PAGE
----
What is Quiet Firing and How is it Different From The Trending Quiet Quitting?
As the topic of quiet quitting continues to be discussed in most workplaces and news outlets, we are also seeing a new phrase pop up: “quiet firing”. Employees doing the bare minimum may be surprised to see themselves being slowly pushed out of important meetings – and maybe their job altogether.
Quiet quitting refers to meeting the requirements of your position, and that’s it. Employees sick of doing unpaid overtime and going above and beyond have been pushing back, and that has now been dubbed “quiet quitting”. Employees that think they have gotten away with dialing back their work and putting up boundaries around their hours may be in for a nasty surprise when this leads to quiet firing, and potentially real firing.
Quiet firing happens when employers demoralize workers so much that they decide to leave on their own. It may result in minimizing the importance and oversight of certain employees. While the job market currently seems to be in favour of employees, some employers may be looking to replace employees that are no longer willing to go above and beyond.
Many of these issues stem from uncertainties around overtime and unpaid work. Employees not seeing any overtime pay are now avoiding extra work altogether. While most employees are entitled to overtime pay for hours worked over a certain threshold in Ontario, few actually receive it.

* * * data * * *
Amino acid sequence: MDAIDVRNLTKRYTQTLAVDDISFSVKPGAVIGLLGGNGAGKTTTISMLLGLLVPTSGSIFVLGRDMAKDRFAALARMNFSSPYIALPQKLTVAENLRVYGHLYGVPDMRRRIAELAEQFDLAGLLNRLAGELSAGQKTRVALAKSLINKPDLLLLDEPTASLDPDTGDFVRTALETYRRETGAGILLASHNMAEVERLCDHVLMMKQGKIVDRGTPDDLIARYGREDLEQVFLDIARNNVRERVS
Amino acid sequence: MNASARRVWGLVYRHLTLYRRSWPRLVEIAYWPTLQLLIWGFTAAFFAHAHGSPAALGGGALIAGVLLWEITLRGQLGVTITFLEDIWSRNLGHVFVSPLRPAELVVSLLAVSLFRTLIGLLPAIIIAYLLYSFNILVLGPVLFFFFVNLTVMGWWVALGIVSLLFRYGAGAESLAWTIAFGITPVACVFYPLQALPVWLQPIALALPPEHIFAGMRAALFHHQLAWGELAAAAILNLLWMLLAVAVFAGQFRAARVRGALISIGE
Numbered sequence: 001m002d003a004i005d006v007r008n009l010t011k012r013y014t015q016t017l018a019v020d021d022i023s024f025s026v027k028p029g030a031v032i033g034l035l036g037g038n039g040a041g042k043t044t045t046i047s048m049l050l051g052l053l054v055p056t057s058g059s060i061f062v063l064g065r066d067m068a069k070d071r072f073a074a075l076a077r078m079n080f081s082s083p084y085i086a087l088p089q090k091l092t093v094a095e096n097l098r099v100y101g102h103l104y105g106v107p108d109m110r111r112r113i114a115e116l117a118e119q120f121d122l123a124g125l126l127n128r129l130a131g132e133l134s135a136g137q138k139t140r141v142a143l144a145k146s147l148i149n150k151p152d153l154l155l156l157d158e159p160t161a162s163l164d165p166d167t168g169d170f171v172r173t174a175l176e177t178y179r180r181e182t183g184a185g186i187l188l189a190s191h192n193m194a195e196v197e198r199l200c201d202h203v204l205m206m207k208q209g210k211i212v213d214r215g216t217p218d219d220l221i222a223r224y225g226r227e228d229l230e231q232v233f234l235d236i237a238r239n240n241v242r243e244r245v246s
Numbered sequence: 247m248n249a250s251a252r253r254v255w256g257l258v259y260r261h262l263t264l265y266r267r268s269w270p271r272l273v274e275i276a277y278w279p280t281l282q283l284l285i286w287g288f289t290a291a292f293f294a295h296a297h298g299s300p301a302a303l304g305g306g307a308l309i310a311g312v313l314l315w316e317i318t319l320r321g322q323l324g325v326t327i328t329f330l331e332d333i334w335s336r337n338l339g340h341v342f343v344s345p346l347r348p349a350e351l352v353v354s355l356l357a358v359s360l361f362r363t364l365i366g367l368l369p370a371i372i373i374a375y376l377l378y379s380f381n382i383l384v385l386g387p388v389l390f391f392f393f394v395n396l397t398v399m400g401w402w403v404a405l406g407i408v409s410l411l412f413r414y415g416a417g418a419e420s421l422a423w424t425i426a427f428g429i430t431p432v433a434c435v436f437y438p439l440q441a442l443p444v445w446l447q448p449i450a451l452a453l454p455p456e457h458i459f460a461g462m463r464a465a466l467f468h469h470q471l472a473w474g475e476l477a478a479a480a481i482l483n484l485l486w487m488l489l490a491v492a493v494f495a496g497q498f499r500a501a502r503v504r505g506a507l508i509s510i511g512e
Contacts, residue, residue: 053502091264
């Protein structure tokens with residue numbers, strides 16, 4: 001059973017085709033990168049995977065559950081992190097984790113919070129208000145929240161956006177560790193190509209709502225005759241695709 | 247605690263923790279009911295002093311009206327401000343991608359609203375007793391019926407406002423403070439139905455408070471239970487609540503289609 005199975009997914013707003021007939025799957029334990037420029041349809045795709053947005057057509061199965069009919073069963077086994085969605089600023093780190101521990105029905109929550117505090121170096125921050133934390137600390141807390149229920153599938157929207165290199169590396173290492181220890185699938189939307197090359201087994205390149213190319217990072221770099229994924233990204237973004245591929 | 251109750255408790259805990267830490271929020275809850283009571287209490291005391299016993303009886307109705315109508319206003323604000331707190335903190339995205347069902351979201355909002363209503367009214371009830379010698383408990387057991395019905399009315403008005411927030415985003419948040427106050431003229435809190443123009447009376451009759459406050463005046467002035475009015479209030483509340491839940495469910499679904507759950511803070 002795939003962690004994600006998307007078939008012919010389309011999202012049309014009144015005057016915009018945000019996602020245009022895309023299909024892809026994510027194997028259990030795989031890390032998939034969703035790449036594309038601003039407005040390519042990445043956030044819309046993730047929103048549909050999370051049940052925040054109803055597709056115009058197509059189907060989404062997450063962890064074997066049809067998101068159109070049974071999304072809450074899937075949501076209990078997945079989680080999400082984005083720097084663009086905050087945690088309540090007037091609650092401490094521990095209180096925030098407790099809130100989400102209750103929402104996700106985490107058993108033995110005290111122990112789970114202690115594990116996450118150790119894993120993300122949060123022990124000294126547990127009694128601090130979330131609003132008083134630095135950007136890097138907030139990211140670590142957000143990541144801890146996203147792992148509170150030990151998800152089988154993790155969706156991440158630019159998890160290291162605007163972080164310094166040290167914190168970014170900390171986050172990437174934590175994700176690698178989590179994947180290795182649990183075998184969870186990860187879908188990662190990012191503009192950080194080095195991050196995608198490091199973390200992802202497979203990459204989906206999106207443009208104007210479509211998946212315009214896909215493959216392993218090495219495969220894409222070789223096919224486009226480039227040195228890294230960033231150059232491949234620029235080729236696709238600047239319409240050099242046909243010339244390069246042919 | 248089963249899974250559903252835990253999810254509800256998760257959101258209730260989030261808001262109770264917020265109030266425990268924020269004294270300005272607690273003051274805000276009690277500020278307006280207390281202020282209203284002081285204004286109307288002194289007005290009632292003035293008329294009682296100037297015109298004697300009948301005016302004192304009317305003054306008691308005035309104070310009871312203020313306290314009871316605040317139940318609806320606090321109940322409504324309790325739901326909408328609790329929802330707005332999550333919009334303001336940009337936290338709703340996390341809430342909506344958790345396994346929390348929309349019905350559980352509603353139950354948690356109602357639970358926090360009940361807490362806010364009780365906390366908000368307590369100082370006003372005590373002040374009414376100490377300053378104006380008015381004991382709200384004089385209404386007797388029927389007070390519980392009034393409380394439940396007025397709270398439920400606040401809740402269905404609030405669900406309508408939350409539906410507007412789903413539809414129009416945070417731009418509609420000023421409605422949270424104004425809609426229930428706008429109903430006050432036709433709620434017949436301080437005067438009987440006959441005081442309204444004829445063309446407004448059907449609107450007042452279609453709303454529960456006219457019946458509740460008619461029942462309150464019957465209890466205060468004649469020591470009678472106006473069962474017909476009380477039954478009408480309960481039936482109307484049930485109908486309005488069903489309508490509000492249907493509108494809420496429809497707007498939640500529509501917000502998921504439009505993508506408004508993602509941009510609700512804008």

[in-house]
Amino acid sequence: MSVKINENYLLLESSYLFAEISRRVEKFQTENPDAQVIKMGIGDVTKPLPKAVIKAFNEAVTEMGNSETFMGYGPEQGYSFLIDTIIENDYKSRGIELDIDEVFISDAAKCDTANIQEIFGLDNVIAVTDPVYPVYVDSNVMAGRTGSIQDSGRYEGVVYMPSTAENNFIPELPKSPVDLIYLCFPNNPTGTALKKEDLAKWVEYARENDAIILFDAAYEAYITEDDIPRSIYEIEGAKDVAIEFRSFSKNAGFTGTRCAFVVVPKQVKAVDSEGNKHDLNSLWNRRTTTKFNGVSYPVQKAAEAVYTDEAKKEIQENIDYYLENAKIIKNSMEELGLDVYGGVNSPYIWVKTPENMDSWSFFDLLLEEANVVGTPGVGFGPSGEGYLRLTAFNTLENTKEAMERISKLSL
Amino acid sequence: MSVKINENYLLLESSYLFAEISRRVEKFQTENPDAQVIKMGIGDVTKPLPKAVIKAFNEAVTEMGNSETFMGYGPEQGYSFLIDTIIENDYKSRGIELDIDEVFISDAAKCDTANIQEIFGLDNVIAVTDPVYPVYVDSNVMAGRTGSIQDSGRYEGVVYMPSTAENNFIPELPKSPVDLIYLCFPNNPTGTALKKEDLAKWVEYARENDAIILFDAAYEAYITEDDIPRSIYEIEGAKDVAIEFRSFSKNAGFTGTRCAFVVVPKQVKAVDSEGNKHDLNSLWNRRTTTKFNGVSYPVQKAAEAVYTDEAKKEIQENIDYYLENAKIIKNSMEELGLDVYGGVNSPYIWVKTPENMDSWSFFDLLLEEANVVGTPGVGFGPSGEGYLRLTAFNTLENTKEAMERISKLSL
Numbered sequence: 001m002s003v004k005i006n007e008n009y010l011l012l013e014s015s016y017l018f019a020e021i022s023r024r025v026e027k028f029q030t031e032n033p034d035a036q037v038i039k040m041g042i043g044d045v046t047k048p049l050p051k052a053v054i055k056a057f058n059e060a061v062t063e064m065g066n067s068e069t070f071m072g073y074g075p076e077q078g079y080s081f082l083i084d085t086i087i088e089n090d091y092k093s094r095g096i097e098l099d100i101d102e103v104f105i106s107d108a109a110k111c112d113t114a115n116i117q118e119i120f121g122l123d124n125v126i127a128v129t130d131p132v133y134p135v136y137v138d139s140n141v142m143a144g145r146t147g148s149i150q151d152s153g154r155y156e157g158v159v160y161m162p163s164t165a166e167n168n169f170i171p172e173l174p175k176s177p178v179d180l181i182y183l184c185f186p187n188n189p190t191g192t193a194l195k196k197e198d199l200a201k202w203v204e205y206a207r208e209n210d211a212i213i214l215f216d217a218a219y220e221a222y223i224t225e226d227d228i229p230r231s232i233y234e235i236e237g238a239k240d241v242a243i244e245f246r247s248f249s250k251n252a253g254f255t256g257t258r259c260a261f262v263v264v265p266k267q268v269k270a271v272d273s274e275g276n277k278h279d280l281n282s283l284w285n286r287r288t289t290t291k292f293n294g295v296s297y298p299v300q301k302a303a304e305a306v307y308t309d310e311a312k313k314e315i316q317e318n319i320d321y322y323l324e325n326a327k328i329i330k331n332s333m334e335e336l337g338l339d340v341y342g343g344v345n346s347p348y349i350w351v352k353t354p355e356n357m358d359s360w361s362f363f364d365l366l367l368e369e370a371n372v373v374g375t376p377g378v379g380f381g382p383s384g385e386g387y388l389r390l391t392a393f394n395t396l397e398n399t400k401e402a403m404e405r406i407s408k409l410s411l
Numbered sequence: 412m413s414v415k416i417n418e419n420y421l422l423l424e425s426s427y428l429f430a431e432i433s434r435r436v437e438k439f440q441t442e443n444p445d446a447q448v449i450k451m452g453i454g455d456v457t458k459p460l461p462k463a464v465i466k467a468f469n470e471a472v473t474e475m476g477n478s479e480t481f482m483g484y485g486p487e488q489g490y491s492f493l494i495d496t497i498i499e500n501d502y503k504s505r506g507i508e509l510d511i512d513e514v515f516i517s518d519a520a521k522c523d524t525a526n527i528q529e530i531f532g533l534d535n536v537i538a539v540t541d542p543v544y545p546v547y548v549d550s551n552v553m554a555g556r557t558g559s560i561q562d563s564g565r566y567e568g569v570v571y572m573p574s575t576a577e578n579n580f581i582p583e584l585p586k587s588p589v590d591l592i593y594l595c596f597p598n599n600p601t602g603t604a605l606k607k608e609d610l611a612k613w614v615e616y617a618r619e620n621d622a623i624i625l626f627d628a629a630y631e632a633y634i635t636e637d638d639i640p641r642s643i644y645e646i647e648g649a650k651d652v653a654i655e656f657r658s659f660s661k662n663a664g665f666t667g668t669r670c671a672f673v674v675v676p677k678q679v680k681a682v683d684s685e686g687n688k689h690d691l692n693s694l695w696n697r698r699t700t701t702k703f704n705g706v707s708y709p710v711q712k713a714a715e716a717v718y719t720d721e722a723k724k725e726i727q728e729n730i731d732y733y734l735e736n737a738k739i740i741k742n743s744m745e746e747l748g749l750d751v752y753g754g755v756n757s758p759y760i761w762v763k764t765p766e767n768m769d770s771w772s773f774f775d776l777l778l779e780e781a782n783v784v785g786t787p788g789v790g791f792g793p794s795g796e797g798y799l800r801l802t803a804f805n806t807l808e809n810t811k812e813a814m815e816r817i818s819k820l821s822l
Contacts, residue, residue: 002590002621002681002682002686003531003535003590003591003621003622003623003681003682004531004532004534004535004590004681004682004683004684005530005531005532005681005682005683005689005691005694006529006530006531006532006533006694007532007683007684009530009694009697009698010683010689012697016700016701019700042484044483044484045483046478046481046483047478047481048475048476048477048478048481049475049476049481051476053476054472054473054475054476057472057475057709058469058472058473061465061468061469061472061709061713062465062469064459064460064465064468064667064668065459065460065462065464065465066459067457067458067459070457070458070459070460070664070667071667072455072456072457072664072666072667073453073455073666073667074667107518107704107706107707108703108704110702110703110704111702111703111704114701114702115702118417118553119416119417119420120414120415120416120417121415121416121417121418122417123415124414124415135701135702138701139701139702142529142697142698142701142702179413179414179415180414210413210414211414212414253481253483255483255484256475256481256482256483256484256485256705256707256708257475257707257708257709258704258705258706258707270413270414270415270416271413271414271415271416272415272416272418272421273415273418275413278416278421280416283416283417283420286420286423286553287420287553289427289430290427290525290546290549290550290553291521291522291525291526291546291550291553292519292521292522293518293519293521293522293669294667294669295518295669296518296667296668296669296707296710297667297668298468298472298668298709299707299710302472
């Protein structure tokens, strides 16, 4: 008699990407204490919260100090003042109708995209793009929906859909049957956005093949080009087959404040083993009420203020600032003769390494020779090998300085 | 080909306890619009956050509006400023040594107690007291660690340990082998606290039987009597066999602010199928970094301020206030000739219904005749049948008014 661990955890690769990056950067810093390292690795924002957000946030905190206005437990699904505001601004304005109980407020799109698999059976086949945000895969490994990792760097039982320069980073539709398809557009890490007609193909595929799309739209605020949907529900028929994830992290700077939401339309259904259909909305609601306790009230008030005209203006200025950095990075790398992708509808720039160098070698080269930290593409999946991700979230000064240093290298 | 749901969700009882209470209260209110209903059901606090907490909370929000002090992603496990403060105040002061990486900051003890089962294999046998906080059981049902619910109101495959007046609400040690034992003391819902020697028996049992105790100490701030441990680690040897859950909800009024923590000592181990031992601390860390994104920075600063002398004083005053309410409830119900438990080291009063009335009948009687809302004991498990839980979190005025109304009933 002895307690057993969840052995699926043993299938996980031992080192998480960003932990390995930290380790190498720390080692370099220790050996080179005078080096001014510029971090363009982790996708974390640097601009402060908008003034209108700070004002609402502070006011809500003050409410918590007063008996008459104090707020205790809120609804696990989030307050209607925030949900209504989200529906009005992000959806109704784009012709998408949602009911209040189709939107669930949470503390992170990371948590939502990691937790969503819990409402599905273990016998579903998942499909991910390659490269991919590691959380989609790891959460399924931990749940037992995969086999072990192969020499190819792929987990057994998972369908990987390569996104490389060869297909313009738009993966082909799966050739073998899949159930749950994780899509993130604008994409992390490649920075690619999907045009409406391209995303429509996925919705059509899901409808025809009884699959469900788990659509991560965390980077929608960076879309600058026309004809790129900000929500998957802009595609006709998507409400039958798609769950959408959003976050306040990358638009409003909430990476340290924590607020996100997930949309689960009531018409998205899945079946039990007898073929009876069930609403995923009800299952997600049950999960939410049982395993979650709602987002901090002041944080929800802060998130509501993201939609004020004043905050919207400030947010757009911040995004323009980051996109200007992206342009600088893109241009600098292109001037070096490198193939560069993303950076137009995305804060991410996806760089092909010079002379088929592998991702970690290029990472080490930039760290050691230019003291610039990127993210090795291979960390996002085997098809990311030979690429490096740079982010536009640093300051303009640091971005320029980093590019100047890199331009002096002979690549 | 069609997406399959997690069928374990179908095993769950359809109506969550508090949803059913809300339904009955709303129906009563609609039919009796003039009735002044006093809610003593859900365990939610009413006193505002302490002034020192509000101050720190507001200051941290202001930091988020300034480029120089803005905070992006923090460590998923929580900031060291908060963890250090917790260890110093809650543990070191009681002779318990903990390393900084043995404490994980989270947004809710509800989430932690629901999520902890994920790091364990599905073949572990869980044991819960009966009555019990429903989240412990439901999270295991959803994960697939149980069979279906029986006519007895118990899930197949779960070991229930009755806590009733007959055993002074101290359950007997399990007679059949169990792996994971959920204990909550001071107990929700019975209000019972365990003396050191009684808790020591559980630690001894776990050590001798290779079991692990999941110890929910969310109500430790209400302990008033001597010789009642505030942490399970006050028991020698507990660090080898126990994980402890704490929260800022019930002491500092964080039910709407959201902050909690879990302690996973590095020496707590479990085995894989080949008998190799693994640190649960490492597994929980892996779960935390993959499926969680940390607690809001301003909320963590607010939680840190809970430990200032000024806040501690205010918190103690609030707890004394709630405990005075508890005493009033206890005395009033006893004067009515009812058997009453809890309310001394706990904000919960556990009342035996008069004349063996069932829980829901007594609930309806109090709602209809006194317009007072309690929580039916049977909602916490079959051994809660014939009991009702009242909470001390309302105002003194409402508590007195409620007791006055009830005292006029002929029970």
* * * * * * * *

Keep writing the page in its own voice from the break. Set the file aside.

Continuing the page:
Employers using quiet firing to push out less motivated employees may also be exposing themselves to constructive dismissal claims. Employers that unilaterally and suddenly remove significant responsibilities from employees, or reduce their pay, may be found to have breached the contract of employment, entitling the employee to severance and other damages.
If you have questions about quiet firing, unpaid wages or whether you (or your employees) are entitled to overtime, we encourage you to reach out to an experienced employment lawyer. Whitten & Lublin are here to provide insight and advice into your specific circumstances. If you are looking for employment lawyers and would like more information about what Whitten & Lublin can do for you, please contact us online or by phone at (416) 640-2667 today.
Author: Rachel Patten